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Chant Royal on Lent

Margaret Coats, Ph.D.©
after Eustache Deschamps (c.1346-1406)

Eustache Deschamps was not only a popular French lyric poet, but had an administrative career in the French courts of Charles V and Charles VI. He lived in difficult times, amid the Hundred Years’ War, the Black Death and the Great Schism of the West.

Along with multiple other works, Deschamps wrote as many as 1,175 lyric pieces - ballades, royal chansons and others. His poems are short, and often satirical, attacking the English whom he regards as the plunderers of his country. Unusual in Deschamps’ oeuvre are his poems on contemporary events. For example, he writes about revolts in France and battles against the English in great detail. He has poems against high taxes, against the rule of the people, on the proper education of rulers, nobles and knights, and one about the search for truth, in which his guide is a simple plowman.

The Chant Royal we reproduce here today is one of his ceremonial devotional poems, reflecting well the religious spirit of the Middle Ages.
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Forty days full of glad consolation
Are presented by the Church Militant
For the soul to enjoy recreation
And the body to become penitent,
Confessing sins and errors, repentant.
In these holy days' ample space,
God wills to redeem our iniquitous race,
Offering His own Body pitiful.
In Holy Week He does Himself abase,
For in this season God is merciful.

Eve and Adam brought about damnation:
With the fruit, they earned mankind's punishment,
And Hell became our due destination,
For they scorned God and believed the serpent.
But True Love took our nature by consent
Of a humble fair Maiden chaste;
He sent Gabriel to announce and trace
The manner of His advent bountiful
To Mary, Blessed Virgin full of grace, (1)
For in this season God is merciful.

By Eve, deceived, came our sad perdition;
By Mary, salvation's New Testament;
By the serpent, rebellious sedition;
By Gabriel, belief obedient.
For our evil deeds God died in torment;
Death's cruelty did He outface,
By dying brought health to our sickly case,
Drew us from Hell with pardon plentiful,
And led us to sovereign glory's embrace,
For in this season God is merciful.

The sweet Jesus has won our redemption,
And saves us by a certain covenant:
Baptismal waters' purification,
Then to be in our true Faith diligent,
And to love Him for His loving descent
As celestial Fountain of grace,
Bringing Heaven's dew to our native place.
His streams render our dead souls flowerful;
Let us His servants kneel before His Face,
For in this season God is merciful.

He calls us now to make satisfaction,
And depart from ways of which we repent.
In Lent He grants us priceless remission
From the Cross, His arms outspread, forces spent.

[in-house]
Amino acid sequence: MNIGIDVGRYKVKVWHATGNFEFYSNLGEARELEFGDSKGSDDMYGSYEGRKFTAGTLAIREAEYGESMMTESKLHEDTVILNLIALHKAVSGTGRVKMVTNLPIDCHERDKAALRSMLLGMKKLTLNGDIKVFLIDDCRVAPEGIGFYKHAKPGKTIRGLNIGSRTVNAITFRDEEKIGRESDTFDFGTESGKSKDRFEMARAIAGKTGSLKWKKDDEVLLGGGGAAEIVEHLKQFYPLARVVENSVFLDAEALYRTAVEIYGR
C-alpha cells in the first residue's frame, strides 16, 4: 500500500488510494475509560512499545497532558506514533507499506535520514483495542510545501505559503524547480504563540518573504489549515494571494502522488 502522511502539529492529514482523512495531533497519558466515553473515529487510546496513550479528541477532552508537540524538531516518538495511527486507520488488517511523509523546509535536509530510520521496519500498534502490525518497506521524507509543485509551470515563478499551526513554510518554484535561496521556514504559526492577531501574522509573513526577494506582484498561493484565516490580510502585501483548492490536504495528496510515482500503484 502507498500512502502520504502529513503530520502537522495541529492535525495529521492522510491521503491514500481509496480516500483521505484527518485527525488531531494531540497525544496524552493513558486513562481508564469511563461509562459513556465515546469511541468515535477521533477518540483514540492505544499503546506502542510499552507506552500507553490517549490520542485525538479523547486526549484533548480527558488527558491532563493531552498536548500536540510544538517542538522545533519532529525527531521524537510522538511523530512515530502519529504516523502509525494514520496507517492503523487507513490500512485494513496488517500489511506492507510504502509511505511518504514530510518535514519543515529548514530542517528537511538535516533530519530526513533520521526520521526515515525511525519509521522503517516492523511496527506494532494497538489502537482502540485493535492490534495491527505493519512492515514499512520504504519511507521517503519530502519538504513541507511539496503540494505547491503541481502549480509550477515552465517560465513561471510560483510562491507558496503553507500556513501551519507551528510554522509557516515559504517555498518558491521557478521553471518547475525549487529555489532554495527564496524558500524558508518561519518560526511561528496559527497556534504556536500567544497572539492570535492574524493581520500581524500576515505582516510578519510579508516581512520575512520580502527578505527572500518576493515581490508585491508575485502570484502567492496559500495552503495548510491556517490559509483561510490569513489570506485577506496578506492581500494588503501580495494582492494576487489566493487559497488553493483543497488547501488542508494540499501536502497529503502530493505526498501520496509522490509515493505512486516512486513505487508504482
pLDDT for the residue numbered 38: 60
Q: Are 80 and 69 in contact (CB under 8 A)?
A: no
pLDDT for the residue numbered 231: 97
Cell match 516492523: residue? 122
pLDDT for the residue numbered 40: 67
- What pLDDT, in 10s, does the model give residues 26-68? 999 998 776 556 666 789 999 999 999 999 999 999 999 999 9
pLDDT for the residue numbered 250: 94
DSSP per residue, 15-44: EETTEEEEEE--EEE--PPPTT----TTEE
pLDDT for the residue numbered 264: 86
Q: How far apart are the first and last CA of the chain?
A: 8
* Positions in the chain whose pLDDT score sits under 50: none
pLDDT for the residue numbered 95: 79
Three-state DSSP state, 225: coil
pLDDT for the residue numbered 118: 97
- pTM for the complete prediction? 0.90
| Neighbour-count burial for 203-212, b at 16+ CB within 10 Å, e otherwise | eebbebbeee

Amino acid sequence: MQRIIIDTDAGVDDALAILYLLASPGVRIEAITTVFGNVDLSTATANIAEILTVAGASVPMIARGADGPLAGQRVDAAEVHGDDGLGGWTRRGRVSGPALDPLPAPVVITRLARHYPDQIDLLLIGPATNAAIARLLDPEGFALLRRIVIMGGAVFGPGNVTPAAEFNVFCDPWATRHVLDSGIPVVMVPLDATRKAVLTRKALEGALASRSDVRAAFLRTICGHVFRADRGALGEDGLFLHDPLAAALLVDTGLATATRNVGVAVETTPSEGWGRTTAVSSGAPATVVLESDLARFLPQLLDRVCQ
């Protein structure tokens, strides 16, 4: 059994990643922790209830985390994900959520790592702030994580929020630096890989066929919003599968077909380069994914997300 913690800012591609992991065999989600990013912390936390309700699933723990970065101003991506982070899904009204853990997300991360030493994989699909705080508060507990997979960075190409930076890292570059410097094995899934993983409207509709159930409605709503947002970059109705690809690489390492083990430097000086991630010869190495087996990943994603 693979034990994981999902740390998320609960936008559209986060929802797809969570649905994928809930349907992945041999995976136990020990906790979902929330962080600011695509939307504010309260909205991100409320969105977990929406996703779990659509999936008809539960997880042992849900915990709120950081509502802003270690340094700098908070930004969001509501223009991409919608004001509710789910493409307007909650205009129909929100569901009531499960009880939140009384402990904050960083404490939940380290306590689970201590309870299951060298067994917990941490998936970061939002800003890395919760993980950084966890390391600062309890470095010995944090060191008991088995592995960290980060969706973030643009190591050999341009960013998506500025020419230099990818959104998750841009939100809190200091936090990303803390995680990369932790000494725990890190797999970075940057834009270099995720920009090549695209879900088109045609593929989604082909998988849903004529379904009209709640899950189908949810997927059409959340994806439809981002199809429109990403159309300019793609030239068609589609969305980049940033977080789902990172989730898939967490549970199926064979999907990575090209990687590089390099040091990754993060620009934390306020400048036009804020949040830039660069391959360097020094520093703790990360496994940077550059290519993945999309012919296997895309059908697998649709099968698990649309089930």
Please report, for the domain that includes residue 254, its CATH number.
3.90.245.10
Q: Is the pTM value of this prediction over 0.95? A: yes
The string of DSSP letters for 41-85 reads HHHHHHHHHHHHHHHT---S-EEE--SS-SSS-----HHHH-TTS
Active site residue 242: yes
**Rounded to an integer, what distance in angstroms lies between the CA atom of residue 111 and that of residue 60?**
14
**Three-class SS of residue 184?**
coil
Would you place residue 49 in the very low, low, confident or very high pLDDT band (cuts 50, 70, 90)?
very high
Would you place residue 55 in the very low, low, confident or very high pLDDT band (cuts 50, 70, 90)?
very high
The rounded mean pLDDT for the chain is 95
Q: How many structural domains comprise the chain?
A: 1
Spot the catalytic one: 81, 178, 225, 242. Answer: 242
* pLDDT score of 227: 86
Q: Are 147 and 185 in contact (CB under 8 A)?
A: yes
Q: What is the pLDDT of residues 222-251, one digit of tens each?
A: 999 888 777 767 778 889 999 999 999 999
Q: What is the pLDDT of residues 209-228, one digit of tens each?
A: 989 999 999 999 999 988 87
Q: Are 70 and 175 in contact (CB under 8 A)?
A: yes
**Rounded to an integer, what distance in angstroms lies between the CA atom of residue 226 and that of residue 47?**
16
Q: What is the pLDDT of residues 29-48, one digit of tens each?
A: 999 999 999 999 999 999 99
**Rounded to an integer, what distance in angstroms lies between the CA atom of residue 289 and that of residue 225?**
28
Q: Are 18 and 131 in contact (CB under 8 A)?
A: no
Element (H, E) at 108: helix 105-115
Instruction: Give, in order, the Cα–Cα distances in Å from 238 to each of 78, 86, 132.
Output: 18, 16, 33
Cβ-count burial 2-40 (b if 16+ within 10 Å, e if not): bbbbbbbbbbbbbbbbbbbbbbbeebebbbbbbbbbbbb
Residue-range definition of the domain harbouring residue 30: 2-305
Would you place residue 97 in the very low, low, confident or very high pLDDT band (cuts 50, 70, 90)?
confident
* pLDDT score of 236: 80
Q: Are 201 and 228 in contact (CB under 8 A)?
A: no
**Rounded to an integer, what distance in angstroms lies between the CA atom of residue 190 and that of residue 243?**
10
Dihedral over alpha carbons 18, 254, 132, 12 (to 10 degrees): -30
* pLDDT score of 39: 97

His Passion all sinners ought to lament,
But see how, from His Heart's wound,
Race Blood and water with power to efface
Our guilt! He is Life to the dutiful;
With penance let us follow Him apace,
For in this season God is merciful.

Princes, practice corporal purgation,
And offer some spiritual oblation;
In Lent this is my counsel and judgment.
Each of us should fast with pure intent,
And amend his deeds with firm dedication. (2)

  1.  This verse refers to the Annunciation to the Blessed Virgin Mary and the Incarnation of Jesus that took place on March 25, which is almost always in Lent. According to medieval calculation, the Creation of Adam and Eve and the Original Sin occurred on the same date.

  2.  The end of this poem is a strikingly successful example of using words unspoken but heard (the technique is by no means modern). The refrain “For in this season God is merciful” is expected, but does not enter. Nevertheless, the sense of the final line naturally leads into it. The reader is almost forced to supply the refrain; he thinks of it all the more because of its absence, and thus further internalizes its words and thought. He can then reflect that the poet has done what he calls on all men to do; by changing his ways, he can hope for God's mercy.
(Translated from the French text “Quarante jours de consolacion”
in Oeuvres Completes III (1884) pp. 79–81,
Chant royal of ten-line stanzas ababbccdcD with envoi aabba;
For the original French, click here)
Posted on March 29, 2014


Margaret Coats holds a Ph.D. in English and American Literature and Language from Harvard University. Her particular interest is lyric poetry of any period. Her English renderings of lyrics form other languages use the original poet’s chosen verse form.

Because rhyme and other features vary from language to language, these English poems cannot stand as accurate translation. Still, the verse form itself is part of the original poet’s spirit, culture, thought and artistry that Dr. Coats hopes to make more readily available to readers whose principal language is English.

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